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Review - David Brent - Life on the Road

By midlandsmovies, Aug 31 2016 10:51PM

David Brent: Life on the Road (2016) Dir. Ricky Gervais

15 years after the success of The Office, Ricky Gervais’ cringe worthy creation returns in this TV spin off that maintains the mockumentary style laced with squirming humour.

Here we follow Brent post-Wernham Hogg – sadly there are no cameos from anyone else from the original series – as he pulls together a reluctant band for a tour (series of local gigs) of his questionable music material. His dreams of packed venues and getting signed by a record company couldn’t be further away as we see the deluded Brent aspiring for the stars with a group of musicians laughing at his efforts.

The laudable Foregone Conclusion fail on almost every level with Brent creating “visionary” and “political” songs such as ‘Native American’, ‘Equality Street’ and the less subtle 'Please Don't Make Fun of the Disabled'.

Despite all these fiascos, it’s Gervais’ talent as an actor and writer that helps elicit huge amounts of sympathy for Brent who – like many of us – dreams of leaving a mundane day job with ambitions (some may say delusions) beyond his boring everyday life.

Support comes from Ben Bailey Smith plays a great role as Dom Johnson, an aspiring rapper held back by Brent’s ineptitude and also Jo Hartley as Pauline, a sympathetic colleague. Of course, there are plenty of laughs throughout as Brent attempts at being politically correct fail as spectacularly as the band’s atrocious gigs with t-shirt cannon slapstick and embarrassing hotel sequences added to make the viewer snort and squirm at the same time.

It’s this pathos – the sad Brent piling every penny into his musical fantasy of “making it” – that gives the film a warm glow as you root for the character despite every wrong decision he makes. The British love a loser and there isn’t a bigger one than Brent and as much as you flinch from his humiliation, I found myself rooting for some sort of catharsis. The film doesn’t go the whole “Hogg” as it delivers the required upbeat ending which suggests some individual success but I found this crucial after an abundance of hopelessness.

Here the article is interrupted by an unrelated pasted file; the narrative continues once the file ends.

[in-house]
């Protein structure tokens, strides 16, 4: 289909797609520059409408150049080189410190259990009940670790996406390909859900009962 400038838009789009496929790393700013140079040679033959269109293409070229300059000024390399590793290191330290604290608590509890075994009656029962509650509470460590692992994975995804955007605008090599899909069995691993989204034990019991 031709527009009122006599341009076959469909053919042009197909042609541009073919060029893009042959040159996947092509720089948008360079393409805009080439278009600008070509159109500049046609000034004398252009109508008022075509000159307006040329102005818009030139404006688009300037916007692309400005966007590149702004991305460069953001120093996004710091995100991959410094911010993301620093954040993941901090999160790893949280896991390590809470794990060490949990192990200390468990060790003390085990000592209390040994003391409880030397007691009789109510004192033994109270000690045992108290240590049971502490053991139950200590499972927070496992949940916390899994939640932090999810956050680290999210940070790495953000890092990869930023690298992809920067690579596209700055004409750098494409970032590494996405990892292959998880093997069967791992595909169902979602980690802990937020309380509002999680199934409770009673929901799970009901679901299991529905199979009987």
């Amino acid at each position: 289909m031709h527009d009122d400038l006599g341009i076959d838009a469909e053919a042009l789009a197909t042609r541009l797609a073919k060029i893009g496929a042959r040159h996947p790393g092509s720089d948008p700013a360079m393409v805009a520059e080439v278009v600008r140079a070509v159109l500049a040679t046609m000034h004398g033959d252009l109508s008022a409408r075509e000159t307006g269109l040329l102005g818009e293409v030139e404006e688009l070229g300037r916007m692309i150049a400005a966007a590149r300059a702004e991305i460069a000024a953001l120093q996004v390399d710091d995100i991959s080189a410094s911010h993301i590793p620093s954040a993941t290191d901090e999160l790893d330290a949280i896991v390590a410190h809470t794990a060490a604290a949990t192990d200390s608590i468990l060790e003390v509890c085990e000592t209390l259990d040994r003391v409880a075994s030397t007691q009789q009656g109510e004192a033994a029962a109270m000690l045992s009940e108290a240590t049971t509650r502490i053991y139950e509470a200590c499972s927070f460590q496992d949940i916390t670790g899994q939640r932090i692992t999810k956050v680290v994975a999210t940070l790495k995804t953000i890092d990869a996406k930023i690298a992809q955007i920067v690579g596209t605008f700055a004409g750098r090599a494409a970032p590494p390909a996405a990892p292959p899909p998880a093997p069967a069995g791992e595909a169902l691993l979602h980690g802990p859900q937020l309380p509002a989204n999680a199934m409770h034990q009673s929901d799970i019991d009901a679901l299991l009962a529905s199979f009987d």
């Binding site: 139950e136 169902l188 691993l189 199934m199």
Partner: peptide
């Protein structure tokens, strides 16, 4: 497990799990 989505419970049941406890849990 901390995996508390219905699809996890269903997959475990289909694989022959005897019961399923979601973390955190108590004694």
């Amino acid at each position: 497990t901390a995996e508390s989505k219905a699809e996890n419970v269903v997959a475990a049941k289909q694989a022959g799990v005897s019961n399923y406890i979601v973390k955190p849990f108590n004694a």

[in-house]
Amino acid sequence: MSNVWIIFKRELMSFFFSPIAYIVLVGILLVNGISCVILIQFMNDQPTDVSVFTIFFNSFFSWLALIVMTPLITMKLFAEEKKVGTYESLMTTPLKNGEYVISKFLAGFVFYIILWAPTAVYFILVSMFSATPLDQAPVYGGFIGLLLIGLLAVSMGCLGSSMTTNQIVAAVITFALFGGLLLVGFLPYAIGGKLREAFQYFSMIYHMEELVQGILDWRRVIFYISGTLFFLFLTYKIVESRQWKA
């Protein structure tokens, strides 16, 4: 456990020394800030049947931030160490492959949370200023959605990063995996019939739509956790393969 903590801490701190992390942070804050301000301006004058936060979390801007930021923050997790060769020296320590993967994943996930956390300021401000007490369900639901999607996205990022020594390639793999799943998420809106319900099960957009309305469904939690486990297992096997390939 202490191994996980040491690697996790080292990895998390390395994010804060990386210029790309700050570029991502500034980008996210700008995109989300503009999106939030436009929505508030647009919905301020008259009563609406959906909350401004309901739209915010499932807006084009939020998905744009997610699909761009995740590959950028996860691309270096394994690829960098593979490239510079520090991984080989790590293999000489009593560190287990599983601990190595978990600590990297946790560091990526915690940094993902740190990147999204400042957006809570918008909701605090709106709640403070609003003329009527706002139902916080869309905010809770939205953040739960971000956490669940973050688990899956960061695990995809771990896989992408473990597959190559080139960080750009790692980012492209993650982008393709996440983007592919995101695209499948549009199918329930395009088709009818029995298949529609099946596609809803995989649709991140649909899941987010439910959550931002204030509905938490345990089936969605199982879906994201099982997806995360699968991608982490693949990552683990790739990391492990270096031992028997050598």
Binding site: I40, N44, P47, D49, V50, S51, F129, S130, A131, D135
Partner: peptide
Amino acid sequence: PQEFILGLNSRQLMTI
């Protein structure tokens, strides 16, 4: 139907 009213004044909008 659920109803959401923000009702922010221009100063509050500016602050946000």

Is the film much more than an elongated TV episode though? For me, not really. It sits nicely alongside Alpha Papa by refusing to ‘go bi’g to ensure their respective comedy creations had smaller local problems to deal with. But the film’s are all the better because of their undersized intimacy.

If you like Gervais’ comedy stylings then there is a lot to recommend in Life on the Road. As someone who has worked in an office and been on tour with a band there was so much reflecting back at me it was uncannily accurate at times. However, those who find Gervais grating will not be won over here. However, he makes Brent take centre stage on a musical odyssey that has both sensitivity and affection at its core but never forgets the chuckles.


Midlands Movies Mike

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